At rest she lieth down within her bed,
Doth close long lidded eyes, though not to sleep
In her repose for soft, round limbs to rest;
And then, in longing yet, her thoughts toward him:
Of words so closely shared, or left unsaid;
Such secrets, told or not, as cause to weep;
With his remembrance tight against her prest,
Though now, so tattered, once yet thought a whim,
Her tears to calm, his favour held instead,
That holdeth now her heart in safety’s keep,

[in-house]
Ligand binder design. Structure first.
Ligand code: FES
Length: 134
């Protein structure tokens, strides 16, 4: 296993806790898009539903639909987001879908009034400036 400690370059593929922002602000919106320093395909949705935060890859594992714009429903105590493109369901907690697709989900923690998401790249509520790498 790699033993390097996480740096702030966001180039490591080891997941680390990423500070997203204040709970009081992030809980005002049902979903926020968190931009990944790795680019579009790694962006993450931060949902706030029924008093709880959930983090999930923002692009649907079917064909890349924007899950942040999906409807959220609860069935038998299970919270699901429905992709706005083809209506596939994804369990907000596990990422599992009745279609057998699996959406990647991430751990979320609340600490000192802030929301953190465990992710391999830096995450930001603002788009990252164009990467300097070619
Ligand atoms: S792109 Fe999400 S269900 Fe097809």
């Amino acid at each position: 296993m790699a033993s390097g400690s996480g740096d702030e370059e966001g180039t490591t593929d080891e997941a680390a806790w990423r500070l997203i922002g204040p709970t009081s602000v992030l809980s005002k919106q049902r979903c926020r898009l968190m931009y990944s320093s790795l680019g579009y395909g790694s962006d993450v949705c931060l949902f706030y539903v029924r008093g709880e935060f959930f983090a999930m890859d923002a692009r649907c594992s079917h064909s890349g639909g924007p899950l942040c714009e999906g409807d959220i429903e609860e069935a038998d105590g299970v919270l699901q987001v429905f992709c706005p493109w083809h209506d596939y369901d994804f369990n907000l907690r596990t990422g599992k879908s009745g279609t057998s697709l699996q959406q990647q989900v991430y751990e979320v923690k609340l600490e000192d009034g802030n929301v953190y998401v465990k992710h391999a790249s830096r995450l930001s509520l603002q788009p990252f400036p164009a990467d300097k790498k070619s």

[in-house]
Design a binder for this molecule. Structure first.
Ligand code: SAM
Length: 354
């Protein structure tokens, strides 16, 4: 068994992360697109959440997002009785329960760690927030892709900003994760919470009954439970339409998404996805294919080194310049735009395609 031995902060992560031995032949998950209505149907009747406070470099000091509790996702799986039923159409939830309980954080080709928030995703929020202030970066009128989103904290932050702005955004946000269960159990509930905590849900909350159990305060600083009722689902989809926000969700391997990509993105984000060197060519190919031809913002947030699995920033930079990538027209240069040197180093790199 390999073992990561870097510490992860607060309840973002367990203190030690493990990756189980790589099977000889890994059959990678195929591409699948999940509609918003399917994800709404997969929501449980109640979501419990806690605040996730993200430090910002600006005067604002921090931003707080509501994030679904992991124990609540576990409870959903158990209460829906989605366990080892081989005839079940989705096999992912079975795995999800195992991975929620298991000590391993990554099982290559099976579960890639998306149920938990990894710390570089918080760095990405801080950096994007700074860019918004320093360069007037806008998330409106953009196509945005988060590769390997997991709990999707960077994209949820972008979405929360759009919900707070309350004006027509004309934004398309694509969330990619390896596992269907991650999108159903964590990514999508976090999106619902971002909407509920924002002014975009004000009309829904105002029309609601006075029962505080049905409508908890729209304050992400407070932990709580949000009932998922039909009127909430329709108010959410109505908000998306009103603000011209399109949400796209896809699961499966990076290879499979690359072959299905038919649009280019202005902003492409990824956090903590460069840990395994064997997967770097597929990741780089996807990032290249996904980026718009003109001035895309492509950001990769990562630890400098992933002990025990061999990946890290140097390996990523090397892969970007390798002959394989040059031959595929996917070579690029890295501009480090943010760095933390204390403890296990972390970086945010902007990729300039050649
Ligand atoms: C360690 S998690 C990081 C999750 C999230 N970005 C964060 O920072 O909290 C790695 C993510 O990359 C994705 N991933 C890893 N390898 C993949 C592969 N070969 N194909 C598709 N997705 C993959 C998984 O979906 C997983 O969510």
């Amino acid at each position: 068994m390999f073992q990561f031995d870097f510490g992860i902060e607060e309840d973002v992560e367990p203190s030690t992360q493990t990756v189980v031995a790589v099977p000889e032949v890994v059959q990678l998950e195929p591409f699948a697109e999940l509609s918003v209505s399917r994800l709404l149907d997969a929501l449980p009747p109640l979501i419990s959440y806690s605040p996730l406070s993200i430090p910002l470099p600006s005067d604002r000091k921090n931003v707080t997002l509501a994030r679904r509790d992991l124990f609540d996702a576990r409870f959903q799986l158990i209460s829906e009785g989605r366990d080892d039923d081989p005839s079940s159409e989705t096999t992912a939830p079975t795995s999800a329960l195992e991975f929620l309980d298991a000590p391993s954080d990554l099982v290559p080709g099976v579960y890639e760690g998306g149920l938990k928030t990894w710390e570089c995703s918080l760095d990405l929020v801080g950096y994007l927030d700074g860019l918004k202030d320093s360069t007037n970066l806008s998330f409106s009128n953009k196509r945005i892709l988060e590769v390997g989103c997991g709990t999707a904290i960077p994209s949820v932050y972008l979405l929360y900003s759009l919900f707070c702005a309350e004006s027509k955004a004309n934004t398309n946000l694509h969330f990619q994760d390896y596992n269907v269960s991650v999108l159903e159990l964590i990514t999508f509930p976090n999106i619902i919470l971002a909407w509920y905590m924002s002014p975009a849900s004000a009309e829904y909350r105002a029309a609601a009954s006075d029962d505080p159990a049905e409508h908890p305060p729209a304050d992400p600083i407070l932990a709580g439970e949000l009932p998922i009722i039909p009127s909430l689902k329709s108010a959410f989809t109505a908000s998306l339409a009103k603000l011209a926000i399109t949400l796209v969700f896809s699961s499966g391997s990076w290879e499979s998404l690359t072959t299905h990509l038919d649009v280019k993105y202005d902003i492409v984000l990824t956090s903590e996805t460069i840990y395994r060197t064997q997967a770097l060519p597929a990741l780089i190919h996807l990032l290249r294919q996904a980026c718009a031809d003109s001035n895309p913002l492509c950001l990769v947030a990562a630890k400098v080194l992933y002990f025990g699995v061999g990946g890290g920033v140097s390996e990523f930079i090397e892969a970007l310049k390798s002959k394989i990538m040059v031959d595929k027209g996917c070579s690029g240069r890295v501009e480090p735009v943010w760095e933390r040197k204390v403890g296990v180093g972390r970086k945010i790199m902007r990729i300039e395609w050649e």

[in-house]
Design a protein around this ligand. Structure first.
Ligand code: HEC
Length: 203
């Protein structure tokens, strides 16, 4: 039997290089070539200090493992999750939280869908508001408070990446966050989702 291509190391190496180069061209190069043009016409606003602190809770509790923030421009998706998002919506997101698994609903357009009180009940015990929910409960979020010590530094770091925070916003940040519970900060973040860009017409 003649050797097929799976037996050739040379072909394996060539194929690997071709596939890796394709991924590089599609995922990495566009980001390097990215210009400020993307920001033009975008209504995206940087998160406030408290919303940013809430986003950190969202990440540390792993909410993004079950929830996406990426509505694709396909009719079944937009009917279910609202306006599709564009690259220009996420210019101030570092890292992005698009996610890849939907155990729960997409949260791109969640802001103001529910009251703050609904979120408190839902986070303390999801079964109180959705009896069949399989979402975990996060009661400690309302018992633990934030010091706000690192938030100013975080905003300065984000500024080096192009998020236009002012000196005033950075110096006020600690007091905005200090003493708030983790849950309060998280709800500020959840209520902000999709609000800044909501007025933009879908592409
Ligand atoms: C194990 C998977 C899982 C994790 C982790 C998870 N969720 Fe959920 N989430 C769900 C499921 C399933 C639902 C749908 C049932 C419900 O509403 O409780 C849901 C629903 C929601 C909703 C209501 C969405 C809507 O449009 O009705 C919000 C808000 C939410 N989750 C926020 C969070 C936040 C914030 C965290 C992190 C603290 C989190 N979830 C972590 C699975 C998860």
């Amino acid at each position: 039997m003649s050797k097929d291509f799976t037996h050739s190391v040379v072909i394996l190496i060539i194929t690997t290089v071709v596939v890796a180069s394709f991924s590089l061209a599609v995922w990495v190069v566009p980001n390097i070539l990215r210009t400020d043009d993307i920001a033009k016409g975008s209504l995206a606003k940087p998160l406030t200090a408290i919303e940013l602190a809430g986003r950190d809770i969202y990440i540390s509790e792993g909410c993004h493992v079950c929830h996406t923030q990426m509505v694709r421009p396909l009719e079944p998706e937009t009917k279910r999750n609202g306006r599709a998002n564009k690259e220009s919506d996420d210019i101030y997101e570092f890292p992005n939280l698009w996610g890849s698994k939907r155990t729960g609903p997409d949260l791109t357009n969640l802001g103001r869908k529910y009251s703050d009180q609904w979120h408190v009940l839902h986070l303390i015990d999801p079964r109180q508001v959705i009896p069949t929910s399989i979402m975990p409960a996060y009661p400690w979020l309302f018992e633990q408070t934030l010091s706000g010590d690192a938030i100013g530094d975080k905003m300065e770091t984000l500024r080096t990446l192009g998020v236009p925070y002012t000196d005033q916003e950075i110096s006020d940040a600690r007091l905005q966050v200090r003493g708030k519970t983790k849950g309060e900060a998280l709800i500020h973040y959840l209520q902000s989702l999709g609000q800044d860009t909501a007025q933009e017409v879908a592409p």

To lull, so sweet her countenance, to rest–
Then close her eyes again, as night grew dim.
And once we wed, doth dream my love now deep,
As blest, our lives entwined, as any hymn.
This sonnet is part of a short sequence: click here to read it all:
I am at a loss to explain why you eschew iambic pentameter in your form exercise, as you say, “even if the poem makes no sense.” Although “One thing at a time” might be a guess at your answer–which certainly would make a degree of sense. Still the iambic rhythm is most definitely a thing to get ones head around.
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